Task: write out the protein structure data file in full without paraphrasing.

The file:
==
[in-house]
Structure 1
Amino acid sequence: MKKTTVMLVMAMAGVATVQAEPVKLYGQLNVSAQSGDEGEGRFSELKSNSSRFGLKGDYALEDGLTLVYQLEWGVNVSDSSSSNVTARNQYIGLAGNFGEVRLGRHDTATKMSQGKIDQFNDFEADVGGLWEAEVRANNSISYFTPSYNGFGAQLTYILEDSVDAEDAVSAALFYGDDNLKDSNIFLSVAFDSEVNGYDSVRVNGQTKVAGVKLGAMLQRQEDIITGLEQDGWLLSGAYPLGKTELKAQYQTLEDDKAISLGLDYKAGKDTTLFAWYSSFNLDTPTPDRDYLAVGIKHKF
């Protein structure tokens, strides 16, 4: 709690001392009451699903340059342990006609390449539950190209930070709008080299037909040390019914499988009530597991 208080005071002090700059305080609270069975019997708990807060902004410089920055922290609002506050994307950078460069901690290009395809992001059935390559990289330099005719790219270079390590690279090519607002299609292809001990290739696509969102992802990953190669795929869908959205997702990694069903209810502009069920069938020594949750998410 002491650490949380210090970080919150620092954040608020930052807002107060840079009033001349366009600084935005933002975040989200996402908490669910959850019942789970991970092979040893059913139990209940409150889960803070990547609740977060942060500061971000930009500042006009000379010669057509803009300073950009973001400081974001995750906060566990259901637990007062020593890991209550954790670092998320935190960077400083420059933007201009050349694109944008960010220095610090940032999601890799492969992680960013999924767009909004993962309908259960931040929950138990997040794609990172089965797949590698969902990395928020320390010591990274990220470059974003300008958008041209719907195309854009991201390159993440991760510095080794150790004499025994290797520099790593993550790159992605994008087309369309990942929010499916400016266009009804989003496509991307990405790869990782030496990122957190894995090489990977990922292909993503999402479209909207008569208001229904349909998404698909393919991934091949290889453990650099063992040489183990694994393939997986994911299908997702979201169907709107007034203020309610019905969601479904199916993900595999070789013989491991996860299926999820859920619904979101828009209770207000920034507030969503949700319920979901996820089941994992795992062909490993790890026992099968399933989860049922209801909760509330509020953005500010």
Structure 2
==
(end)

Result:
[in-house]
Structure 1
Amino acid sequence: MKKTTVMLVMAMAGVATVQAEPVKLYGQLNVSAQSGDEGEGRFSELKSNSSRFGLKGDYALEDGLTLVYQLEWGVNVSDSSSSNVTARNQYIGLAGNFGEVRLGRHDTATKMSQGKIDQFNDFEADVGGLWEAEVRANNSISYFTPSYNGFGAQLTYILEDSVDAEDAVSAALFYGDDNLKDSNIFLSVAFDSEVNGYDSVRVNGQTKVAGVKLGAMLQRQEDIITGLEQDGWLLSGAYPLGKTELKAQYQTLEDDKAISLGLDYKAGKDTTLFAWYSSFNLDTPTPDRDYLAVGIKHKF
């Protein structure tokens, strides 16, 4: 709690001392009451699903340059342990006609390449539950190209930070709008080299037909040390019914499988009530597991 208080005071002090700059305080609270069975019997708990807060902004410089920055922290609002506050994307950078460069901690290009395809992001059935390559990289330099005719790219270079390590690279090519607002299609292809001990290739696509969102992802990953190669795929869908959205997702990694069903209810502009069920069938020594949750998410 002491650490949380210090970080919150620092954040608020930052807002107060840079009033001349366009600084935005933002975040989200996402908490669910959850019942789970991970092979040893059913139990209940409150889960803070990547609740977060942060500061971000930009500042006009000379010669057509803009300073950009973001400081974001995750906060566990259901637990007062020593890991209550954790670092998320935190960077400083420059933007201009050349694109944008960010220095610090940032999601890799492969992680960013999924767009909004993962309908259960931040929950138990997040794609990172089965797949590698969902990395928020320390010591990274990220470059974003300008958008041209719907195309854009991201390159993440991760510095080794150790004499025994290797520099790593993550790159992605994008087309369309990942929010499916400016266009009804989003496509991307990405790869990782030496990122957190894995090489990977990922292909993503999402479209909207008569208001229904349909998404698909393919991934091949290889453990650099063992040489183990694994393939997986994911299908997702979201169907709107007034203020309610019905969601479904199916993900595999070789013989491991996860299926999820859920619904979101828009209770207000920034507030969503949700319920979901996820089941994992795992062909490993790890026992099968399933989860049922209801909760509330509020953005500010």
Structure 2